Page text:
So, yeah, look at 1997…my last name is missing the second “e” before the “y”.

The cool thing was, because there were so many former Ferris Award winners in the room, including its first-ever recipient, Stuart Gellman ’57 (more on him later), and the most recent recipient, that all of us there gathered around the trophy, which somehow I wound up holding, for an epic and historic Rider journalism department photo. It was really an honor to be included in that. I’m not sure when or if I’ll see that photo online, but I’ll be sure to grab it when I do and share it in one of these updates.

OK, back to Stuart Gellman. I had communicated with him back in 2000, when I was working at Rider. Two of my former professors asked me to help them track down Rider News alumni for a homecoming event celebrating the newspaper’s 70th anniversary. I found Stuart in Arizona and talked to him, but he was unable to attend. He did, however, send a letter that I read at the event (I wound up serving as moderator for a panel of former Rider News editors). The following year, in early or mid 2001, Stuart was visiting campus with his son. He stopped by my workspace and introduced me to his son by saying “he writes for The Washington Post.” Of course, I didn’t realize at the time he was THIS BARTON GELLMAN!

Just a few months later, Barton Gellman became a household name (for those of us who follow journalists, anyway) for his reporting on 9/11. He later went on to report on the false intelligence regarding WMDs in Iraq, Dick Cheney (which turned into a book) and NSA overreach (he oversaw The Washington Post’scoverage after the newspaper received documents from Edward Snowden), winning multiple Pulitzer Awards for individual and group reporting for The Washington Post.

Even last week, when I re-introduced myself to Stuart after so many years, he remembered bringing his son to campus and, again, he just said “he was a reporter for The Washington Post.”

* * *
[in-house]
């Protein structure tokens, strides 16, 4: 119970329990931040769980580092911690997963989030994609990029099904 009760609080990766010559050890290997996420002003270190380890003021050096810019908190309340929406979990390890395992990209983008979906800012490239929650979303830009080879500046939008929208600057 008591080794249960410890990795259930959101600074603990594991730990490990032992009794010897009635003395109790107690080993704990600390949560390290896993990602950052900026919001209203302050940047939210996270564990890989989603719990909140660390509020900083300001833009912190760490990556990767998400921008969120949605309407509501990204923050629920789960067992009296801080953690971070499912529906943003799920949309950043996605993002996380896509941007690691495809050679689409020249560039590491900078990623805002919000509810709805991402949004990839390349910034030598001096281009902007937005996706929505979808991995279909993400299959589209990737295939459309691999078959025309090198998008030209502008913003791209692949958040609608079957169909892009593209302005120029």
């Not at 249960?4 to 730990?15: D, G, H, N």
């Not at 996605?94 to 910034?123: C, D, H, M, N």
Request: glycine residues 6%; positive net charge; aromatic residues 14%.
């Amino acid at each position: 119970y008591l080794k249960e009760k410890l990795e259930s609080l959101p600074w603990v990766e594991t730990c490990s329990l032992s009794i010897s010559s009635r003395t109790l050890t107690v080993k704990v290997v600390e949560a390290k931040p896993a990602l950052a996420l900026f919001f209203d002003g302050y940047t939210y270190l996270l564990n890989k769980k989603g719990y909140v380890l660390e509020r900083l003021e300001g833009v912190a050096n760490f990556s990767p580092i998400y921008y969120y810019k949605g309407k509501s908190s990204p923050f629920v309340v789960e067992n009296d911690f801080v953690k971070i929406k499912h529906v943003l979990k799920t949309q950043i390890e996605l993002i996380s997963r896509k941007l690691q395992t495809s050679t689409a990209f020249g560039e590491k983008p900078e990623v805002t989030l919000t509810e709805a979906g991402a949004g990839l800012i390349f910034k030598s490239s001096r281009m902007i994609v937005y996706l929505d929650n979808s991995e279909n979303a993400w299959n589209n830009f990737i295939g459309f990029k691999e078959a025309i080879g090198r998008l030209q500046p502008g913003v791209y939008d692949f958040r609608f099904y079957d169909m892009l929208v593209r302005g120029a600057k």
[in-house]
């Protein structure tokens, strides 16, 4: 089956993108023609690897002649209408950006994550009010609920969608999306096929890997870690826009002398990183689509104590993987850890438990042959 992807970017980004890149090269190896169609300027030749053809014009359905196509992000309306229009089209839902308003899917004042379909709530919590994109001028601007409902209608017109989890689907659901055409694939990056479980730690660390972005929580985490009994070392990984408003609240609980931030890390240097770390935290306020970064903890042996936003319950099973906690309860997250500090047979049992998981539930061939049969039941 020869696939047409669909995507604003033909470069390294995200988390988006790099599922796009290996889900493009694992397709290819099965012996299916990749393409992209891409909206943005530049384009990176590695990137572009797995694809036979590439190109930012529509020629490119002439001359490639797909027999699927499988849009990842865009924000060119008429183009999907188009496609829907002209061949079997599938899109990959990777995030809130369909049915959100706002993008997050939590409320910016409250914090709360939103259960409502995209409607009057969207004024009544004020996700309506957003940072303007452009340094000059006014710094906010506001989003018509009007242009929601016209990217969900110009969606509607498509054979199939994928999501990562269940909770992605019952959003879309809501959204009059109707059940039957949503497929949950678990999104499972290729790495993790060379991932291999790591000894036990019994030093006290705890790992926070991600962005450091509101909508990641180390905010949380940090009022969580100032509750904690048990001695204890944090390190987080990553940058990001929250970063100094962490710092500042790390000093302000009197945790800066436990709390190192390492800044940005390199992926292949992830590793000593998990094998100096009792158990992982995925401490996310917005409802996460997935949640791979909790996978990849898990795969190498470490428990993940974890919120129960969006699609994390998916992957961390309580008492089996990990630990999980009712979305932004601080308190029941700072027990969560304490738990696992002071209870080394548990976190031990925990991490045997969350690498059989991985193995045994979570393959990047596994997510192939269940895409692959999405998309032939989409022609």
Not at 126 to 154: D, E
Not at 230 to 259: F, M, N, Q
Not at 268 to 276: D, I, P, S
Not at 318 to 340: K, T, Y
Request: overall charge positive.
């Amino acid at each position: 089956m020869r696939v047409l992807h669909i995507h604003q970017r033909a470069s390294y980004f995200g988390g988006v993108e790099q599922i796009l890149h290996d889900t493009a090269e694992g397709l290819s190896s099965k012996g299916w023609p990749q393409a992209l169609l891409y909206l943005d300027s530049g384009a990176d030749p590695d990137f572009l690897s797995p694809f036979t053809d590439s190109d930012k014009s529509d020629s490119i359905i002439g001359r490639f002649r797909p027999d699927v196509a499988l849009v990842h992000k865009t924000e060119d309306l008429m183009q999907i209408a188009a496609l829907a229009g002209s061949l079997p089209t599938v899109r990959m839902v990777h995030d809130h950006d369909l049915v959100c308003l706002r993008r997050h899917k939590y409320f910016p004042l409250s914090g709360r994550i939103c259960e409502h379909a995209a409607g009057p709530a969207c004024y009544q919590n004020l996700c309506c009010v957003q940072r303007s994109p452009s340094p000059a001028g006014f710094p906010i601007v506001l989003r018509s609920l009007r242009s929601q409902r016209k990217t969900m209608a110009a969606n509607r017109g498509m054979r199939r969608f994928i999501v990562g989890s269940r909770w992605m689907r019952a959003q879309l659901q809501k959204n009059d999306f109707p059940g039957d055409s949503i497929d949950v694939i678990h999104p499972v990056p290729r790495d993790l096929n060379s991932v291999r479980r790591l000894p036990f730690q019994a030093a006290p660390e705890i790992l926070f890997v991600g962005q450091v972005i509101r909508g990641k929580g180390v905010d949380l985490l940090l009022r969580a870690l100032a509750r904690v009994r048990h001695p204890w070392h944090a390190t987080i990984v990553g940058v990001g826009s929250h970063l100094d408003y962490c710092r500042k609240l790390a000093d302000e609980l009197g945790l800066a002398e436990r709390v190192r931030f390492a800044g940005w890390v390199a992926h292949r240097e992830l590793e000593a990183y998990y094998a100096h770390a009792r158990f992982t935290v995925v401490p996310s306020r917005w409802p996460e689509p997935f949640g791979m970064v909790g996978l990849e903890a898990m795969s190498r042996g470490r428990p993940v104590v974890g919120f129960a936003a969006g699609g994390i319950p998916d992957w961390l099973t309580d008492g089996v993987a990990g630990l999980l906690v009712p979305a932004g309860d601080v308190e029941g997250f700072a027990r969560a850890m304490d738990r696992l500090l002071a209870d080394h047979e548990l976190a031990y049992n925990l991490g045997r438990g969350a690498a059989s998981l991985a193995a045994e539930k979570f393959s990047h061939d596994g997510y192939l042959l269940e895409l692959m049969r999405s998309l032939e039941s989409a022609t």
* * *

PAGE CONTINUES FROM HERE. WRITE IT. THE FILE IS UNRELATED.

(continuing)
I left it at that.

Oh, one more story from this day. One of the Ferris Award winners not present was the late Herb Wolfe, who went on to be the president and CEO of Showboat Atlantic City. He is always listed as a ’64 grad, but I discovered years later when I was working at Rider and preparing to interview him that he left Rider a few credits short of a degree and that he was actually taking courses at the time – about 40 years later – to complete his degree requirements. But the university considered him an alumnus, most likely because he was a great success story and a benefactor. Anyway, he was the editor of The Rider News for the 1963-64 academic year, which meant he was overseeing production of the newspaper on Friday, November 22, 1963. Despite the grief and despair brought on by the assassination of President Kennedy, Wolfe rallied his staff to produce the paper as scheduled so it could be printed over the weekend and delivered on campus the following Monday, November 25. The bound volume of newspapers including this issue was also on hand so I took this photo…

Anyone see what’s missing on this front page…and in the rest of the paper (trust me, it’s not there)?

Yep, they were so focused on assembling the issue they had planned before Kennedy had been assassinated during its production, that they didn’t think to include any coverage of the assassination in the newspaper itself.

Amazingly, there is a photo in the Rider archives showing Dr. Lally critiquing this front page with Wolfe, but doesn’t mention this fact. And you really can’t see the date in the photo. When I interviewed Wolfe for a Rider University magazine feature 18 years ago, he let the cat out of the bag. I can’t remember his exact words, but he said to me, “This photo shows Professor Lally saying to me, ‘Herb, it’s great that you got the paper out, but you should have probably included something about Kennedy.'”

That particular photo accompanied the article I wrote, but I can’t seem to find that magazine among my archives. If I find it, I will post it somewhere. It’s a classic when you know the whole story behind it.

WXPN Best of 2018

Below is my contribution to WXPN’s Best of 2018 list. While most of what I listen to is popular on WXPN, there is still quite a bit that escapes even their attention. Young Gun Silver Fox’s first album from a couple of years ago got played a bit, but the station ignored their superior 2018 release, which was a shame. And even though I discovered the band Field Music through WXPN’s Indie Music Hit Parade on a Friday night in 2016, they have just never made it into regular rotation. In fact, that may have been the only time Field Music has ever been played on WXPN. But I loved the band because they sound like Talking Heads, XTC, Peter Gabriel/classic Genesis and Prince (yes, Prince…who posted then deleted a tweet approving of their song “The Noisy Days are Over” a few weeks before his death) all rolled up into one. So I doubt they’ll make the list, but I still wanted to acknowledge those acts as the Best of 2018.